A modern intranet is a powerful tool in this regard – look for key features like two-way publishing, social sharing and commenting to draw remote workers in.

Create a central knowledge base for all internal teams

One immediate way to improve efficiency is to create a central repository for all key procedural documents your employees might need, which ensures employees don’t get held up looking for key information, as it’s always instantly discoverable and accessible. Good document management also removes redundant effort in managing separate channels for separate teams (for example, Google Docs for some information and an intranet for others).

Consider offering easy access to the following, via one centralised hub:

  • Contractual documentation
  • Technical documentation
  • User manuals
  • Other relevant information like order forms and policy documentation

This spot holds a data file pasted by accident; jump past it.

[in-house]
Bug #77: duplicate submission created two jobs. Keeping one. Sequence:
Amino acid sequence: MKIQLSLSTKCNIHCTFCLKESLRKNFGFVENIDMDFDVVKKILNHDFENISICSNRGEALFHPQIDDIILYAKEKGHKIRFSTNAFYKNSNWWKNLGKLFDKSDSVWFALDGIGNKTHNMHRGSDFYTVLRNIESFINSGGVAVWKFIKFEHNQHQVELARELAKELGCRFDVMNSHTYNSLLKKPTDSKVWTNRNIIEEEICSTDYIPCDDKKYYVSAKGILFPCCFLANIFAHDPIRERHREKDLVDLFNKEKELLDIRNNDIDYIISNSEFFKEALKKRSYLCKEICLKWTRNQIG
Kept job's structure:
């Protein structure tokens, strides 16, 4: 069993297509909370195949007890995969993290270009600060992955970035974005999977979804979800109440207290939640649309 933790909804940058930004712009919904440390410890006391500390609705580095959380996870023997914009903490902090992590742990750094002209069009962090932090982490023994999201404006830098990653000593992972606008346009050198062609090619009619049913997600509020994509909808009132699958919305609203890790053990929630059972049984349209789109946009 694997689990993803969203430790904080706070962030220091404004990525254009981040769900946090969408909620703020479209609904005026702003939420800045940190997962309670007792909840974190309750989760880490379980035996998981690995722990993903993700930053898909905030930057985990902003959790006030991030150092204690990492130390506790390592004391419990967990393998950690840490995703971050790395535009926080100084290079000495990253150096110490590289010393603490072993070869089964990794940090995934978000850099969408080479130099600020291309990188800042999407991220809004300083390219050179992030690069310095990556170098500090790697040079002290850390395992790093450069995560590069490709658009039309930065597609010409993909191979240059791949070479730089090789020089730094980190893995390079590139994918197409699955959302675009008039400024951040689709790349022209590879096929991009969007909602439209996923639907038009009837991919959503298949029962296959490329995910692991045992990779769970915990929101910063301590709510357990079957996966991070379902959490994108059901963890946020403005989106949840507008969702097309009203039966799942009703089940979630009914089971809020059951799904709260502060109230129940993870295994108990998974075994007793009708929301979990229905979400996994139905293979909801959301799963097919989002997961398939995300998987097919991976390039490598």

Centralise key information using a document management system like Claromentis’

If you’re documenting procedural knowledge via Knowledge Base articles or Google Drive, use third party integrations with your intranet homepage to make everything immediately accessible.

To improve productivity even further, you can also use your internal knowledge base software to share multimedia lessons with your workforce. Not everyone works well with large swathes of text. Including audio/video content for your onboarding process and other important procedures increases productivity and ensures you’re catering for diverse employee needs.